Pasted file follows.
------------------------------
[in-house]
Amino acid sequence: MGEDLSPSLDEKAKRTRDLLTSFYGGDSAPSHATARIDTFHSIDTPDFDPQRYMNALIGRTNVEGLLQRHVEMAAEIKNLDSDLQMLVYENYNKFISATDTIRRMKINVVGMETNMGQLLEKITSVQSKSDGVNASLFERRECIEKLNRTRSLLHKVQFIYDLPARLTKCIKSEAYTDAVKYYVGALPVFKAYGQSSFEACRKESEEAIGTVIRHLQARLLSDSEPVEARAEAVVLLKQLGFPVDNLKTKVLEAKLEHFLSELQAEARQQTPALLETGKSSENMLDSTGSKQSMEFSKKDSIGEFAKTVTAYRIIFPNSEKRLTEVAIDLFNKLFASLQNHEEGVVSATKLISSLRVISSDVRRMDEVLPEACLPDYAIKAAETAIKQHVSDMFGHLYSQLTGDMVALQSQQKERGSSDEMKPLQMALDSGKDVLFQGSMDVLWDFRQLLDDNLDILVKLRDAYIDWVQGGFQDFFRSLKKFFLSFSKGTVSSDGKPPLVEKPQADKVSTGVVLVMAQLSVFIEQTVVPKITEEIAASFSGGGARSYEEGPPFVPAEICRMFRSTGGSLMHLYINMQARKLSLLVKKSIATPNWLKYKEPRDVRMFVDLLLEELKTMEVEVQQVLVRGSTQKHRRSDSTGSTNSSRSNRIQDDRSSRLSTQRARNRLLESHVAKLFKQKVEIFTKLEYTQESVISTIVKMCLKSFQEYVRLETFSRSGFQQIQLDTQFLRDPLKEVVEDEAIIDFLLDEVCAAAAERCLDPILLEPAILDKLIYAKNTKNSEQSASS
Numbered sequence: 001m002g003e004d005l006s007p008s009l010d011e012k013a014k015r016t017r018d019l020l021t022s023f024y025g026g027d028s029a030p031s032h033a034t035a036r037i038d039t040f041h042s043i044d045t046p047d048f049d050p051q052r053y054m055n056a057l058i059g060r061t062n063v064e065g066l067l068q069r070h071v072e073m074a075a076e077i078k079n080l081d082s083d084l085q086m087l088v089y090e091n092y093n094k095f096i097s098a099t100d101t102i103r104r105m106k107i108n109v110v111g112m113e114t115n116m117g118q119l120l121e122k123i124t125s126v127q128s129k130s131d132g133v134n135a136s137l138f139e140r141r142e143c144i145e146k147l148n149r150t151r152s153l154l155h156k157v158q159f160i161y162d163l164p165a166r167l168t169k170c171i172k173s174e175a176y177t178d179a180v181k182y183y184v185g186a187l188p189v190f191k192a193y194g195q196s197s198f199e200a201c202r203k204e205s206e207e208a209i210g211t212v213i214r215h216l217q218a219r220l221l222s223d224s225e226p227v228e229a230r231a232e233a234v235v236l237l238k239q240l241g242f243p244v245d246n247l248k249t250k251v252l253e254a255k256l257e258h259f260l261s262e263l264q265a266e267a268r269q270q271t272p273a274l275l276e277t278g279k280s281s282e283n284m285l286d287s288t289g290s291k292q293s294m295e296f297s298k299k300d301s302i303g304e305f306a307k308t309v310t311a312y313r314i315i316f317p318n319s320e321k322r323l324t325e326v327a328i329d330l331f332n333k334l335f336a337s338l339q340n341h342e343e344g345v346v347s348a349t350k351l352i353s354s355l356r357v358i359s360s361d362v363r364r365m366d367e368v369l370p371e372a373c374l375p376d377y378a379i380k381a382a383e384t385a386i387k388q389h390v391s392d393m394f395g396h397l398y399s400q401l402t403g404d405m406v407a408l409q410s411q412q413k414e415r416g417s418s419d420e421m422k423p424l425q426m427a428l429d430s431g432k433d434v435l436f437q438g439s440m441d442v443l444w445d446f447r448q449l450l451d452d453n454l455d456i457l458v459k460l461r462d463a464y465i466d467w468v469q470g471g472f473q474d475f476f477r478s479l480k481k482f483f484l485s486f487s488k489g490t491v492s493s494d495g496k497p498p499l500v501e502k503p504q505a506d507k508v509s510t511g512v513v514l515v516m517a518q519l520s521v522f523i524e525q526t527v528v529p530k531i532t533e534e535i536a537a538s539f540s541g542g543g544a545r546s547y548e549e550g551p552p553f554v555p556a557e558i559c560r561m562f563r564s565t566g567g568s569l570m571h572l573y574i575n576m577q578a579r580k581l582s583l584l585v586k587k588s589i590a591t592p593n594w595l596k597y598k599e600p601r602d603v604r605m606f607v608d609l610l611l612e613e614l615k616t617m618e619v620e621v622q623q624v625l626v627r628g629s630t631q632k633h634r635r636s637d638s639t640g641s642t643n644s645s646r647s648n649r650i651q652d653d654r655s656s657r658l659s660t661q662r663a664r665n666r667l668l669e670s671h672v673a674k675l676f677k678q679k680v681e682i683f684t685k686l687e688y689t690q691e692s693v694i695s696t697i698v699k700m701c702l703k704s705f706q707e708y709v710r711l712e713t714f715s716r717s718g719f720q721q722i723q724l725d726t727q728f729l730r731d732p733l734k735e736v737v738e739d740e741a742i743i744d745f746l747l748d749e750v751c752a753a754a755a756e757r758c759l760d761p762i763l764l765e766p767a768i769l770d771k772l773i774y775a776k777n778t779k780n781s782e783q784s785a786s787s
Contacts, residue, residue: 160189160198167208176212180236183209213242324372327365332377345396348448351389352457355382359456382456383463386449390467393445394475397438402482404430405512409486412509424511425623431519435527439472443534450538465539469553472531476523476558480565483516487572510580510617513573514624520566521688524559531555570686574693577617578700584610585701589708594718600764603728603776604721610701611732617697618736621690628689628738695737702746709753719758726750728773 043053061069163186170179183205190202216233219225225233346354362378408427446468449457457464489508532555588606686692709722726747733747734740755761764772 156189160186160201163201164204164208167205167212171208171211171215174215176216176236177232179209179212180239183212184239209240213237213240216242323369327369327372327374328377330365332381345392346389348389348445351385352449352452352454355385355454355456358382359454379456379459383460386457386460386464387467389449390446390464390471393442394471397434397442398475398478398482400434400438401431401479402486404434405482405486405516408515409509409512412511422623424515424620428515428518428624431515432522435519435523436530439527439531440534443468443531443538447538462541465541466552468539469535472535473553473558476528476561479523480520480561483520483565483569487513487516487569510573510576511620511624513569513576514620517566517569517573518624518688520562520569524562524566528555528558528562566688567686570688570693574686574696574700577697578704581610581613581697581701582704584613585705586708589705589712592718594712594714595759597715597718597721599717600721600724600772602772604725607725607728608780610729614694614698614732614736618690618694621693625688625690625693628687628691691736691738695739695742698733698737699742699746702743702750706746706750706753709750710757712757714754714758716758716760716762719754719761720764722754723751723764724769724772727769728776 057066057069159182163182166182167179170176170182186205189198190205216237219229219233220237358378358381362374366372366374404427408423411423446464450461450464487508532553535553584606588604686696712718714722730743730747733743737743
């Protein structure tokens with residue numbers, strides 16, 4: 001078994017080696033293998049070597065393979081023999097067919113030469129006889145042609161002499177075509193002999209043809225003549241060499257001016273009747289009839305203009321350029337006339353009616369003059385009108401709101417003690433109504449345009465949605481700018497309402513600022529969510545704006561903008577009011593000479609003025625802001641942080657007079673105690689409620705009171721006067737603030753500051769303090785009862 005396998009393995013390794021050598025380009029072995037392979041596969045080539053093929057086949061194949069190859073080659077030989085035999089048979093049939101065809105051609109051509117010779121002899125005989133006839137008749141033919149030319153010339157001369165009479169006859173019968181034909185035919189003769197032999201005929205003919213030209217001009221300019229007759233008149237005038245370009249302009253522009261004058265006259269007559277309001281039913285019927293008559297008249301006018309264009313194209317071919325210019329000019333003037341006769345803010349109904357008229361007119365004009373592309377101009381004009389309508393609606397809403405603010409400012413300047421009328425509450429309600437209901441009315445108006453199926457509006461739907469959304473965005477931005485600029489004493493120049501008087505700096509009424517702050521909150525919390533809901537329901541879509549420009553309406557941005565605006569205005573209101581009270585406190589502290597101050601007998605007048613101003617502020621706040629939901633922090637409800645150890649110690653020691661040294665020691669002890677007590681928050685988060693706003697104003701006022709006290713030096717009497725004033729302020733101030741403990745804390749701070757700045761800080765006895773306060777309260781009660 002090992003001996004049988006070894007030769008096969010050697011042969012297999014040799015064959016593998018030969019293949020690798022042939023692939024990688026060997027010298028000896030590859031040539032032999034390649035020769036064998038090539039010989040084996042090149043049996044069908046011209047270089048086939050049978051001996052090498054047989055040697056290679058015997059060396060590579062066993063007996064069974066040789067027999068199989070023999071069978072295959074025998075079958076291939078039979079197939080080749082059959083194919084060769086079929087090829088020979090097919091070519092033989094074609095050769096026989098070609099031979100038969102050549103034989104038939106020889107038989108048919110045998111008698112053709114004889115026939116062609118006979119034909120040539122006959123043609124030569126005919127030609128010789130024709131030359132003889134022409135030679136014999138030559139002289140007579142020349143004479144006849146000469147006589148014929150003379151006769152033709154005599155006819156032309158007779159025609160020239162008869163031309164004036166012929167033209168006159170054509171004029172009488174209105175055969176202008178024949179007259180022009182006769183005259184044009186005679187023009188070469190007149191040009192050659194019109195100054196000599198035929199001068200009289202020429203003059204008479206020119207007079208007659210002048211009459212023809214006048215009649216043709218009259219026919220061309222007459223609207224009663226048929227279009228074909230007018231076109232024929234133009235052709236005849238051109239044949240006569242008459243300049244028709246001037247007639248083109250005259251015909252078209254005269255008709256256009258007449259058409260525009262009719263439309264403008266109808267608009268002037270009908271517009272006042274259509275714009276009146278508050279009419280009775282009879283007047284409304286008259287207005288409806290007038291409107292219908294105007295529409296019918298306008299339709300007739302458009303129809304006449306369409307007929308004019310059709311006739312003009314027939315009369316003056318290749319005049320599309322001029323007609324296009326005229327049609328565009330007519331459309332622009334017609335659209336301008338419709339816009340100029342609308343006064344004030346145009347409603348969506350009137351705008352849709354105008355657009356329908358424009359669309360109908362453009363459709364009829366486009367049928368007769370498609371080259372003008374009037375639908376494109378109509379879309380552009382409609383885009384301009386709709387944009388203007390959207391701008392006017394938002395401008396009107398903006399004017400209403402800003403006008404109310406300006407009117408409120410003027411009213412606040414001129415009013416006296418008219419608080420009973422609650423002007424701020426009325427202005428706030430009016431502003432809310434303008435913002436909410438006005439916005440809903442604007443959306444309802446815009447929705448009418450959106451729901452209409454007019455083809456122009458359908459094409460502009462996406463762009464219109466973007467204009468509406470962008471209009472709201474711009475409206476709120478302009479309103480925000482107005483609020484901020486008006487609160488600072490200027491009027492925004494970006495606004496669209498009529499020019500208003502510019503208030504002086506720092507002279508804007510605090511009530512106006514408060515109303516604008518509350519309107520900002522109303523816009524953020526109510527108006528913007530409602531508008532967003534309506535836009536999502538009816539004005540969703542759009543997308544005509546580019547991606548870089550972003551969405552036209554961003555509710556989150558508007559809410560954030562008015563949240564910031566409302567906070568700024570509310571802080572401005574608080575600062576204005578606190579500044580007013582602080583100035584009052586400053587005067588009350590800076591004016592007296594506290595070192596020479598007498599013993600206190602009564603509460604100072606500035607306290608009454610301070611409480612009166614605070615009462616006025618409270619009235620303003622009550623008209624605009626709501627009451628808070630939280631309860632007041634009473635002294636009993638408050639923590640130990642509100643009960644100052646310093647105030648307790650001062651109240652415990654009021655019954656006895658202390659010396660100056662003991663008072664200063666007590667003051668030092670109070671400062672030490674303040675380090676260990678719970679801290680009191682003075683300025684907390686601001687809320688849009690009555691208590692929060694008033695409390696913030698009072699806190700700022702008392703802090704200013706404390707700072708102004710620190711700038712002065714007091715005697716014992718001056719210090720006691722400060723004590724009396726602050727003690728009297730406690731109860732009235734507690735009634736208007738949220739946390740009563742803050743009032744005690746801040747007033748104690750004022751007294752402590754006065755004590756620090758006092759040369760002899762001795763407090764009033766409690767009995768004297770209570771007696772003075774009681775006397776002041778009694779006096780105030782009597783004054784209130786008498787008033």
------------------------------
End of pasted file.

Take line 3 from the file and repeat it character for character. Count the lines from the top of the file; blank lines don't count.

Numbered sequence: 001m002g003e004d005l006s007p008s009l010d011e012k013a014k015r016t017r018d019l020l021t022s023f024y025g026g027d028s029a030p031s032h033a034t035a036r037i038d039t040f041h042s043i044d045t046p047d048f049d050p051q052r053y054m055n056a057l058i059g060r061t062n063v064e065g066l067l068q069r070h071v072e073m074a075a076e077i078k079n080l081d082s083d084l085q086m087l088v089y090e091n092y093n094k095f096i097s098a099t100d101t102i103r104r105m106k107i108n109v110v111g112m113e114t115n116m117g118q119l120l121e122k123i124t125s126v127q128s129k130s131d132g133v134n135a136s137l138f139e140r141r142e143c144i145e146k147l148n149r150t151r152s153l154l155h156k157v158q159f160i161y162d163l164p165a166r167l168t169k170c171i172k173s174e175a176y177t178d179a180v181k182y183y184v185g186a187l188p189v190f191k192a193y194g195q196s197s198f199e200a201c202r203k204e205s206e207e208a209i210g211t212v213i214r215h216l217q218a219r220l221l222s223d224s225e226p227v228e229a230r231a232e233a234v235v236l237l238k239q240l241g242f243p244v245d246n247l248k249t250k251v252l253e254a255k256l257e258h259f260l261s262e263l264q265a266e267a268r269q270q271t272p273a274l275l276e277t278g279k280s281s282e283n284m285l286d287s288t289g290s291k292q293s294m295e296f297s298k299k300d301s302i303g304e305f306a307k308t309v310t311a312y313r314i315i316f317p318n319s320e321k322r323l324t325e326v327a328i329d330l331f332n333k334l335f336a337s338l339q340n341h342e343e344g345v346v347s348a349t350k351l352i353s354s355l356r357v358i359s360s361d362v363r364r365m366d367e368v369l370p371e372a373c374l375p376d377y378a379i380k381a382a383e384t385a386i387k388q389h390v391s392d393m394f395g396h397l398y399s400q401l402t403g404d405m406v407a408l409q410s411q412q413k414e415r416g417s418s419d420e421m422k423p424l425q426m427a428l429d430s431g432k433d434v435l436f437q438g439s440m441d442v443l444w445d446f447r448q449l450l451d452d453n454l455d456i457l458v459k460l461r462d463a464y465i466d467w468v469q470g471g472f473q474d475f476f477r478s479l480k481k482f483f484l485s486f487s488k489g490t491v492s493s494d495g496k497p498p499l500v501e502k503p504q505a506d507k508v509s510t511g512v513v514l515v516m517a518q519l520s521v522f523i524e525q526t527v528v529p530k531i532t533e534e535i536a537a538s539f540s541g542g543g544a545r546s547y548e549e550g551p552p553f554v555p556a557e558i559c560r561m562f563r564s565t566g567g568s569l570m571h572l573y574i575n576m577q578a579r580k581l582s583l584l585v586k587k588s589i590a591t592p593n594w595l596k597y598k599e600p601r602d603v604r605m606f607v608d609l610l611l612e613e614l615k616t617m618e619v620e621v622q623q624v625l626v627r628g629s630t631q632k633h634r635r636s637d638s639t640g641s642t643n644s645s646r647s648n649r650i651q652d653d654r655s656s657r658l659s660t661q662r663a664r665n666r667l668l669e670s671h672v673a674k675l676f677k678q679k680v681e682i683f684t685k686l687e688y689t690q691e692s693v694i695s696t697i698v699k700m701c702l703k704s705f706q707e708y709v710r711l712e713t714f715s716r717s718g719f720q721q722i723q724l725d726t727q728f729l730r731d732p733l734k735e736v737v738e739d740e741a742i743i744d745f746l747l748d749e750v751c752a753a754a755a756e757r758c759l760d761p762i763l764l765e766p767a768i769l770d771k772l773i774y775a776k777n778t779k780n781s782e783q784s785a786s787s